David, great shot and exposures have wonderful depth in the spray. I think the green spots are sun flares. When you point a camera directly into the sun the lens elelments often make a series of flare markings that run from the sun outwards in diminishing sizes. This is a bit unusual in that the lines of the two green dots don't line up directly with the sun so all I can figure is the water acted as some sort of prism . If you look right under the spray the wall is reddish and a bit brighter, even though it was in the shade. The water must have created some light anomaly. I will dig in and get back to you. Thanks.
Hi Ross -- Love the show, thanks for taking my question. One of my favorite pictures I've taken recently is of a sunny day with a big ocean swell. There is a large wave splashing against a retaining wall and a guy standing under the splash with the sun shining through from straight on. There is some kind of green artifact in the picture however, near where the sun is shining through the splash. Is that a technical error? How can I avoid it in the future? Thanks, David New York
The Galleries you find here are not photographs that are great examples of people's work. There are a million photo galleries of great shots on the web, and I recommend visiting as many as possible. This Gallery is a little different. I solicit flawed photos along with questions on how to improve them. A learning site, not a show off site. Here you will find questions and submitted photos with a question and an answer immediately following .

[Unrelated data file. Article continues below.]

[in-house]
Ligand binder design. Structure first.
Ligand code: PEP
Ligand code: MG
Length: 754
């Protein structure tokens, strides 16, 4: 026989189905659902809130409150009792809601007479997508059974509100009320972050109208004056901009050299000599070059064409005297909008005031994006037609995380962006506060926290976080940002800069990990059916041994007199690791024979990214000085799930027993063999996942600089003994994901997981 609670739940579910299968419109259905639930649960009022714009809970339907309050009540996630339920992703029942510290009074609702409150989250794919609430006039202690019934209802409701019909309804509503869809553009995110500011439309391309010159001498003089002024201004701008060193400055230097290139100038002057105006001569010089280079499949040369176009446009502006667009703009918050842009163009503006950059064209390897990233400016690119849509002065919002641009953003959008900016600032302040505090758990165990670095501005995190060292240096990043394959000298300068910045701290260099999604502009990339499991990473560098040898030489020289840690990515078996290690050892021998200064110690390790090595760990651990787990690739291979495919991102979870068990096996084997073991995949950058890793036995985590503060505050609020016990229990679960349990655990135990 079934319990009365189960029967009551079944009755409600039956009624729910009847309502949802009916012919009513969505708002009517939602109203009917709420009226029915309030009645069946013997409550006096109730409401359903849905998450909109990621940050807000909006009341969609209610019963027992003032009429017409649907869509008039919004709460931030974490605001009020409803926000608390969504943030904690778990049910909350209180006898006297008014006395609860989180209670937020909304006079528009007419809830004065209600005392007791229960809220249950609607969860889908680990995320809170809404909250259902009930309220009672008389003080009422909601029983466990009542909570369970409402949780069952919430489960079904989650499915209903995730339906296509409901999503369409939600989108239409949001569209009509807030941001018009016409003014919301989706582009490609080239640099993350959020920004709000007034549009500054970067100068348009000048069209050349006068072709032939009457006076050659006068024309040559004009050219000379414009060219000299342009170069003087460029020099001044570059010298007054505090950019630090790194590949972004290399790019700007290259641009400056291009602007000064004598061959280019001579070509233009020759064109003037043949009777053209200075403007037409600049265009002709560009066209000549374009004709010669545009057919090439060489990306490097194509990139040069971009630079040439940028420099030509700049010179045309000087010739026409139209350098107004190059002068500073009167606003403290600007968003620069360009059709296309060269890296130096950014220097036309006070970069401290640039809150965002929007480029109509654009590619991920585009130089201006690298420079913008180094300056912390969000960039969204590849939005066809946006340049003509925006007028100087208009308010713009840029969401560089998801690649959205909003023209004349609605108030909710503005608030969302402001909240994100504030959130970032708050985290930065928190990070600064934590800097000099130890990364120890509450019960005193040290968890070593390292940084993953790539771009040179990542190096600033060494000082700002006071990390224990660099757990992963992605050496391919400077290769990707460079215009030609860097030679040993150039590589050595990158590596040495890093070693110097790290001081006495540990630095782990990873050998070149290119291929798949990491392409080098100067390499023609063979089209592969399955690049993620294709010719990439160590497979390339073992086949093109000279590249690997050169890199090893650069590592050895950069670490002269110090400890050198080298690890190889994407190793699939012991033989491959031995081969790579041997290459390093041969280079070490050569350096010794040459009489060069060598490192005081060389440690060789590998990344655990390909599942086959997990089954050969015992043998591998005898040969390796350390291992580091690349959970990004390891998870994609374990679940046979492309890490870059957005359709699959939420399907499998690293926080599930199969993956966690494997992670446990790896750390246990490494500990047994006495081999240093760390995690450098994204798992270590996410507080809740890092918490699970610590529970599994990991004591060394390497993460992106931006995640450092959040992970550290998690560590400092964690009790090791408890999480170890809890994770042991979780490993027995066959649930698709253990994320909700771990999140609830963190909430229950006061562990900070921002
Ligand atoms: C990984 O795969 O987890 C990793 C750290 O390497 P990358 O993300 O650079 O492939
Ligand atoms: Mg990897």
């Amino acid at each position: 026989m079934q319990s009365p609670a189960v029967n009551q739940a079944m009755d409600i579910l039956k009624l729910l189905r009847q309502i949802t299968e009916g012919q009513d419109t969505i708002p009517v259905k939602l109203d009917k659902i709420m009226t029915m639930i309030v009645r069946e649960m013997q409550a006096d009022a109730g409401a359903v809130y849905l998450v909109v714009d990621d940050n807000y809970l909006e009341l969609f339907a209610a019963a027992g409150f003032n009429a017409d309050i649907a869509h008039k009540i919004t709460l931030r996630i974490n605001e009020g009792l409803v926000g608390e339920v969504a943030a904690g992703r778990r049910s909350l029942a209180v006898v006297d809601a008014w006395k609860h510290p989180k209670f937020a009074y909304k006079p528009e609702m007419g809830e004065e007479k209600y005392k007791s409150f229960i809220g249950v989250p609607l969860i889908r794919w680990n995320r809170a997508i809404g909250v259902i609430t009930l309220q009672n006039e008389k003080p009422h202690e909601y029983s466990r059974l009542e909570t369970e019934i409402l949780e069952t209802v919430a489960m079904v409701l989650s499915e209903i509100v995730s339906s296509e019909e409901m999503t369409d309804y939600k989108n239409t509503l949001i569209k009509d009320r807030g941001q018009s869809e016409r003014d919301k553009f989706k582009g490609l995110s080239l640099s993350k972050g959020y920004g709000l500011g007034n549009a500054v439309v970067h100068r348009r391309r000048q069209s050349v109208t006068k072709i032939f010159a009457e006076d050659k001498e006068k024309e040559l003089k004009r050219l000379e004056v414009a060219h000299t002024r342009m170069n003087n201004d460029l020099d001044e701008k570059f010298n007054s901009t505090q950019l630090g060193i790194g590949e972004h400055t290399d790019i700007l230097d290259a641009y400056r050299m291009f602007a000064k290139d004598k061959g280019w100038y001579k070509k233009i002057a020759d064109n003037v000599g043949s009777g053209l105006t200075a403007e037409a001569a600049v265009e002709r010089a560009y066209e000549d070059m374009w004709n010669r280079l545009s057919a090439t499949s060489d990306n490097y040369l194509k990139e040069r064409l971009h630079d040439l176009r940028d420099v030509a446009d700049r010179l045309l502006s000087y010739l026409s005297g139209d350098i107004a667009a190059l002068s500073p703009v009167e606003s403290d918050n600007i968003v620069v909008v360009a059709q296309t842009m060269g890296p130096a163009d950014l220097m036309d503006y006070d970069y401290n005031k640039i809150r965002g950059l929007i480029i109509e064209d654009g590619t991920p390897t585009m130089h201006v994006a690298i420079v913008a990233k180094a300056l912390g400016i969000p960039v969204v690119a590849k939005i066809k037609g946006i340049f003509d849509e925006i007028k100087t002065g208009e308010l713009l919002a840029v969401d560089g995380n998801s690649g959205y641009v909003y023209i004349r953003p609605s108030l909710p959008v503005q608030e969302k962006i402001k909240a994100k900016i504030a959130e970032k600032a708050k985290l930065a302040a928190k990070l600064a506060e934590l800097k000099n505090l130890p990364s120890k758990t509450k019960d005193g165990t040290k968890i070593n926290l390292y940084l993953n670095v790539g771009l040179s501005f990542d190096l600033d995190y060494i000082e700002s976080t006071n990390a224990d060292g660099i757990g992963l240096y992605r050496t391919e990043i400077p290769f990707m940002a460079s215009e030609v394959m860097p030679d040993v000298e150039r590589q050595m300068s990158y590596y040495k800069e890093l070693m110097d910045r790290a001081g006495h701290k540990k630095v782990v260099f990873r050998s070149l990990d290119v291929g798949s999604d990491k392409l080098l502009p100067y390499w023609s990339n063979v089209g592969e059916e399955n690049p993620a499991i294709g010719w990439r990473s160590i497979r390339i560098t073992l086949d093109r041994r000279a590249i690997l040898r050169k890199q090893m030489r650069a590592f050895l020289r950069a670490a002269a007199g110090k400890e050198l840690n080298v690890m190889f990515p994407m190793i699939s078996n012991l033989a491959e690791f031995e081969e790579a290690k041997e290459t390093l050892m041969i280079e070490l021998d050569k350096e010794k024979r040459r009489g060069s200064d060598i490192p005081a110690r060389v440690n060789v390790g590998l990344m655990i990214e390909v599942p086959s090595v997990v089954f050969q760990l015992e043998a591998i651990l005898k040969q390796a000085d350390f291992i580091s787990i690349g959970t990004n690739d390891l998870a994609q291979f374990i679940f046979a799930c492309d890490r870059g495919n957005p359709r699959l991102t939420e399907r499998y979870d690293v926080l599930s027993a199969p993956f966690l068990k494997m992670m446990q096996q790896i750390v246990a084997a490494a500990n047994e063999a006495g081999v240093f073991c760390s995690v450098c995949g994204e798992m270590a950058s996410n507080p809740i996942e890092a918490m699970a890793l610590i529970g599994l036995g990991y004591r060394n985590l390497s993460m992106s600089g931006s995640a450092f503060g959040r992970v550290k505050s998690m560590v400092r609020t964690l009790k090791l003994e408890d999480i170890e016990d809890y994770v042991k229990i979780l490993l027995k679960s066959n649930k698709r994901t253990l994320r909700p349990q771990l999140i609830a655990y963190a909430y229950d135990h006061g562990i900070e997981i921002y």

We are working on some form of index, so please bear with us. Questions , like the example below, are listed on the Tips page. For now you need to scroll the list to find your question. If questions are covered by other submissions your picture may not appear, but we hope to respond to your email with the appropriate posted answer. In Archives we have shots from each show and invite comments or questions at firstname.lastname@example.org.
Why is the white on the label not white? Hale
Proper color is harder for a camera than your eye. We know to see white as white under sun, incandescent or fluorescent light. The camera sensor responds differently with different type light sources. Most will get close with the Auto setting, but if you can select type of light as setting on your camera your color will be more accurate. Remember to reset to auto when you change scenes or the colors can get bizarre, which is OK if that is what you are aiming for. Try outside shots with camera set to incandescent and watch for a blue overcast. You can also try different settings to just learn what they do in different light conditions. You will not hurt your camera. Most smartphones stay on auto, but let you adjust colors after the shot.
All is not lost if your color cast is off. Most colors can be fixed in the computer. With one quick white balance correction identifying the white area as white, the image was fixed as shown on the right.